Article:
Currently, Fouts is working on a book manuscript which uses ethnographic and archival research to analyze the transnational stories of Central American and Mexican food industry workers and day laborers in post-Katrina New Orleans. Fouts shows how despite being criminalized and pitted against other low wage workers, immigrants use strategies of self-reliance and multiracial solidarities to fight against extractive models of development in New Orleans and Honduras.
Fouts’ research includes public humanities projects with the Southern Food and Beverage Museum, the Southern Foodways Alliance, and the New Orleans Workers’ Center for Racial Justice (NOWCRJ) New Orleans Black Workers Organize labor history timeline. From 2017-2019, Fouts produced and edited the series “Latinx Foodways in North America” for the Society for the Anthropology of Food and Nutrition. Fouts is also an op-ed contributor for the New York Times and contributes articles to NACLA and Gravy magazine.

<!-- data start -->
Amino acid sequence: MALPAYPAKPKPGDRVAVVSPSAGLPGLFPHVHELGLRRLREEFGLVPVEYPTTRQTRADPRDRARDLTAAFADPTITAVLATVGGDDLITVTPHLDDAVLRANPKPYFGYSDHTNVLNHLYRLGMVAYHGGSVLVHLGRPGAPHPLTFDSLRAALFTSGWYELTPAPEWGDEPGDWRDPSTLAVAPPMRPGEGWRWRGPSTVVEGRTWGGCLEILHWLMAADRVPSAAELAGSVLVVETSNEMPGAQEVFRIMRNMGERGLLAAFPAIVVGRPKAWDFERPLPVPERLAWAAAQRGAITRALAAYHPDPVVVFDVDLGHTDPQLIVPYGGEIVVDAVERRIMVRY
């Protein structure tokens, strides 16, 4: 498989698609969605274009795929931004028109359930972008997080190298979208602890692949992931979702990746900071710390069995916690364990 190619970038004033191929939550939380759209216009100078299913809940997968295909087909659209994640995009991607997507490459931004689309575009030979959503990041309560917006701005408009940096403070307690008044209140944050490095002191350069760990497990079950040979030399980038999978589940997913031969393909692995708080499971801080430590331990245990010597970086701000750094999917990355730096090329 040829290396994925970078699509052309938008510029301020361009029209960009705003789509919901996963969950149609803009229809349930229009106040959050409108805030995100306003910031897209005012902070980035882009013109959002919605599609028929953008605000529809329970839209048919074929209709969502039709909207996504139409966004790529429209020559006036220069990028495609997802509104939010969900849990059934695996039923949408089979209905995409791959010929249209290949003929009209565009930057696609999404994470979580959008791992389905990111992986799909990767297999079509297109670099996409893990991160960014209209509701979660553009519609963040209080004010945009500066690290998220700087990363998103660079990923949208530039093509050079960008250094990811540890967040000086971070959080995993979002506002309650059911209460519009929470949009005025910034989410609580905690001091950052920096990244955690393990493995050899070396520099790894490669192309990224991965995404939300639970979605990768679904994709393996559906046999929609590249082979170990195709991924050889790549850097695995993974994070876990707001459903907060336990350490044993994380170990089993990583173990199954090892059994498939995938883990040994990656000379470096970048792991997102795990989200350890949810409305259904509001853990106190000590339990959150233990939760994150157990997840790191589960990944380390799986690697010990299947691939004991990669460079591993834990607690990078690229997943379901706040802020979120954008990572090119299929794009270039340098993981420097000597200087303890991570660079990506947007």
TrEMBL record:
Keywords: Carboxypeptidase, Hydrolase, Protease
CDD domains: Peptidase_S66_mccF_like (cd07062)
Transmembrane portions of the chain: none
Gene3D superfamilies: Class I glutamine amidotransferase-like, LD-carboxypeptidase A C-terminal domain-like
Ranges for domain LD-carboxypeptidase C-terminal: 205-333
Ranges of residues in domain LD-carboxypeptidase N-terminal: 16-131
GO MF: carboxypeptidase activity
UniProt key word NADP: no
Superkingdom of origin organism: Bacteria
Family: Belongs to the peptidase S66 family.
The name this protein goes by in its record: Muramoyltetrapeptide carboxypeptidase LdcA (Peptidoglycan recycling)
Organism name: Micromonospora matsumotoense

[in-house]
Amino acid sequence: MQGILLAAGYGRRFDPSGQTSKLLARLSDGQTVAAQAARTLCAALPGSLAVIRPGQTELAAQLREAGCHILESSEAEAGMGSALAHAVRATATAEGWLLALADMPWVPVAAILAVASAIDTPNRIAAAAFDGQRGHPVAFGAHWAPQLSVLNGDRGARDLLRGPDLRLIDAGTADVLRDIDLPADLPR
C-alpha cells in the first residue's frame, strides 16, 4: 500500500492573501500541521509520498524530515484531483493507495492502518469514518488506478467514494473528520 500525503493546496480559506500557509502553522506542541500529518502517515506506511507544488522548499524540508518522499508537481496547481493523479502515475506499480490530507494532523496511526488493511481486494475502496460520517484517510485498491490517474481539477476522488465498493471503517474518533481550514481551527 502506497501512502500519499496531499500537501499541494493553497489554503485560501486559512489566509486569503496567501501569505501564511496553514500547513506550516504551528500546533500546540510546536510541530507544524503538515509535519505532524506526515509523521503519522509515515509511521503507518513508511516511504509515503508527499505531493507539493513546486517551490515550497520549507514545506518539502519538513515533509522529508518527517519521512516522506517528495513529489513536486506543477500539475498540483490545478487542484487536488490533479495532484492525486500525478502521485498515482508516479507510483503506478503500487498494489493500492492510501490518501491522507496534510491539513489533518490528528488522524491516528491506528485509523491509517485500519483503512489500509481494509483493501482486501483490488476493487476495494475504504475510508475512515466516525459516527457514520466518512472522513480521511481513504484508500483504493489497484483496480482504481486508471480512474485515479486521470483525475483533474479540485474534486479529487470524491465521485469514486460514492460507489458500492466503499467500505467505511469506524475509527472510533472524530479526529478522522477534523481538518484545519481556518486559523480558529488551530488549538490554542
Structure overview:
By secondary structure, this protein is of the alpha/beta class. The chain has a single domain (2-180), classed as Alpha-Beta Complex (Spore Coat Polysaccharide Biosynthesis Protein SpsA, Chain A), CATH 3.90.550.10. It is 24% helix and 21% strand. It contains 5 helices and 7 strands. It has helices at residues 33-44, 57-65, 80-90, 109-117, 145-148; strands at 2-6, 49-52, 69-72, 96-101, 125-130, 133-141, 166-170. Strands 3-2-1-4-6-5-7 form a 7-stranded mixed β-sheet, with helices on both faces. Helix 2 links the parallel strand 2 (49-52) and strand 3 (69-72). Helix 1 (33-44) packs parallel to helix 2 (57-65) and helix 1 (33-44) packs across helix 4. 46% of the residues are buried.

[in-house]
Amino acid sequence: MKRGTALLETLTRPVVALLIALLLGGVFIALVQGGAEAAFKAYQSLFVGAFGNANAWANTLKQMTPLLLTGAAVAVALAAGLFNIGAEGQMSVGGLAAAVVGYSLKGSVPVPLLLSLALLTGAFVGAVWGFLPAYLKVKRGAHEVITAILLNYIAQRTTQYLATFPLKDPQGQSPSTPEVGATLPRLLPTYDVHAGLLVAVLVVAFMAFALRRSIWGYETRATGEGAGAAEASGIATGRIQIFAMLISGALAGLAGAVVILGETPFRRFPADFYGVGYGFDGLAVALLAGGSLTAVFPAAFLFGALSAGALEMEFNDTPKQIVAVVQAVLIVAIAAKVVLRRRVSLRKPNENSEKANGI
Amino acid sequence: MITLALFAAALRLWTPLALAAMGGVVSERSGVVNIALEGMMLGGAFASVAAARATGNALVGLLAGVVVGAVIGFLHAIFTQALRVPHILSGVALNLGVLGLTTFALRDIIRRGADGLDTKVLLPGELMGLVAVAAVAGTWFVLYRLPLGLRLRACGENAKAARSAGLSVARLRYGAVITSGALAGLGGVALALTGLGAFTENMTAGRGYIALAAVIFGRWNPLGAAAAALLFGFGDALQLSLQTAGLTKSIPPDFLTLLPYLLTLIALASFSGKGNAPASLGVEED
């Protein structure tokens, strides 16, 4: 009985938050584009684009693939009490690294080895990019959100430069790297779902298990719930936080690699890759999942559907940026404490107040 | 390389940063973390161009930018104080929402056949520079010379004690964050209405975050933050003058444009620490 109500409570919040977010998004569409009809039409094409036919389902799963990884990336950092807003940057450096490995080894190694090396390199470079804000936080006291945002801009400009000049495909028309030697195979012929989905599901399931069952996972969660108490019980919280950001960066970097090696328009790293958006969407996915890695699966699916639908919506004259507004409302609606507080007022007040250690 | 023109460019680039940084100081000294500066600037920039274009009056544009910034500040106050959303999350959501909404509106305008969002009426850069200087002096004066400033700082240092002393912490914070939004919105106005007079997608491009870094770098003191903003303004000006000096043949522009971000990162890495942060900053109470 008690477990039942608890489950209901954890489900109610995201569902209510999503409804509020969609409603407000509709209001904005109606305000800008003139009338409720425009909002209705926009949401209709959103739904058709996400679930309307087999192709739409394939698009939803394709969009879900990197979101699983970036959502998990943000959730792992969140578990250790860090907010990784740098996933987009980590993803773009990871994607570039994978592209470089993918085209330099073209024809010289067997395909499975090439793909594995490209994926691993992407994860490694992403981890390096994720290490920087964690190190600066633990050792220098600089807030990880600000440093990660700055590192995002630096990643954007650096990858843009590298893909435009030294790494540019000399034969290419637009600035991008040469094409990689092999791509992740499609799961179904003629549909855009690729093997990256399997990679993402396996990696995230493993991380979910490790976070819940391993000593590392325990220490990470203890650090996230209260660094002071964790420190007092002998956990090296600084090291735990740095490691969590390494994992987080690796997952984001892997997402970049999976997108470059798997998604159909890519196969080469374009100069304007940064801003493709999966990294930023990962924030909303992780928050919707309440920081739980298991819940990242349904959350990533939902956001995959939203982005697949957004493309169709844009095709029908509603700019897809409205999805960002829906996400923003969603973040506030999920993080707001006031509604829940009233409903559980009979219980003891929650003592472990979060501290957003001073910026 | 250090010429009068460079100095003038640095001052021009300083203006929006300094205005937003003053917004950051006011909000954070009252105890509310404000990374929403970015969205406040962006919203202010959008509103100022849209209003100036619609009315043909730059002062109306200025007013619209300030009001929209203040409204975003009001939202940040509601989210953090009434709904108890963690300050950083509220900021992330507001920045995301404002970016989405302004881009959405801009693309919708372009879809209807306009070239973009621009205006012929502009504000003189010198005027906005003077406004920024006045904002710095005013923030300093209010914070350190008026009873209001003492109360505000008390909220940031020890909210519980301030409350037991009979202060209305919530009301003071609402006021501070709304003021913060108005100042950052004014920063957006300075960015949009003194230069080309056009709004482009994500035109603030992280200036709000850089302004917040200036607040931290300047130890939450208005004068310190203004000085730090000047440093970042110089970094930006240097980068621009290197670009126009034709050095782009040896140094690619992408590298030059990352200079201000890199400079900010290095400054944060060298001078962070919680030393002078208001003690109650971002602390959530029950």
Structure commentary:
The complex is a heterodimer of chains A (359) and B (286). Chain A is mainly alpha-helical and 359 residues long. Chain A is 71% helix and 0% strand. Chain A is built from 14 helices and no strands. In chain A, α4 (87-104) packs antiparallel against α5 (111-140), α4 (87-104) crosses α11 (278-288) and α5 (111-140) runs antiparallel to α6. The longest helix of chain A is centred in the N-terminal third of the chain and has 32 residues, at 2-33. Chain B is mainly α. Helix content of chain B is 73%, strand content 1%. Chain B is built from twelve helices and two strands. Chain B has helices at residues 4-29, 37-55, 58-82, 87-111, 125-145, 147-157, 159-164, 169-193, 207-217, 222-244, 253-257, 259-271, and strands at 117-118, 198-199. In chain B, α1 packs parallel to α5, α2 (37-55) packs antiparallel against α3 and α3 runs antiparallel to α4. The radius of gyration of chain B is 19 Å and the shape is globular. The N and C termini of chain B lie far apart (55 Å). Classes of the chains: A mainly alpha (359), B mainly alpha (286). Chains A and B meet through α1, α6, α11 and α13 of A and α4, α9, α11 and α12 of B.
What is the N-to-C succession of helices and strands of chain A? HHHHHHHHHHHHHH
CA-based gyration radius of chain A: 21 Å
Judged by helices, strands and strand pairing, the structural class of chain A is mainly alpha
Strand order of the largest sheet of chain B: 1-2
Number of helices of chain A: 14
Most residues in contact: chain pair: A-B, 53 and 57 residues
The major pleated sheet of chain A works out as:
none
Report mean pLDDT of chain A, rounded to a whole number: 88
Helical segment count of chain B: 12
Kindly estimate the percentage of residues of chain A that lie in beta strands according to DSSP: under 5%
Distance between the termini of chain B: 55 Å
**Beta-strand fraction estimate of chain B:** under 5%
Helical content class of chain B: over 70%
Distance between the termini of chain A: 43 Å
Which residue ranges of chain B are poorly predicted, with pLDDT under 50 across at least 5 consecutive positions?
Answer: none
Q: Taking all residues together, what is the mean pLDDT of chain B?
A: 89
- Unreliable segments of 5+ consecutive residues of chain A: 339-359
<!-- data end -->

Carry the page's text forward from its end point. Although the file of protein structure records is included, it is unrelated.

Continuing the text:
Margaret Buck Holland, Ph.D.
Dr. Holland is an associate professor in the Department of Geography & Environmental Systems at the University of Maryland Baltimore County. She is an applied human-environment geographer and is driven by research questions that actively address environmental conservation and human well-being challenges in the local contexts, but also builds broader lessons for informing changes to environmental policy and management.
Dr. Holland’s scholarly interests rest at the intersections between rural livelihoods, land use dynamics, governance, and conservation strategies.
Michael Hunt, M.Div.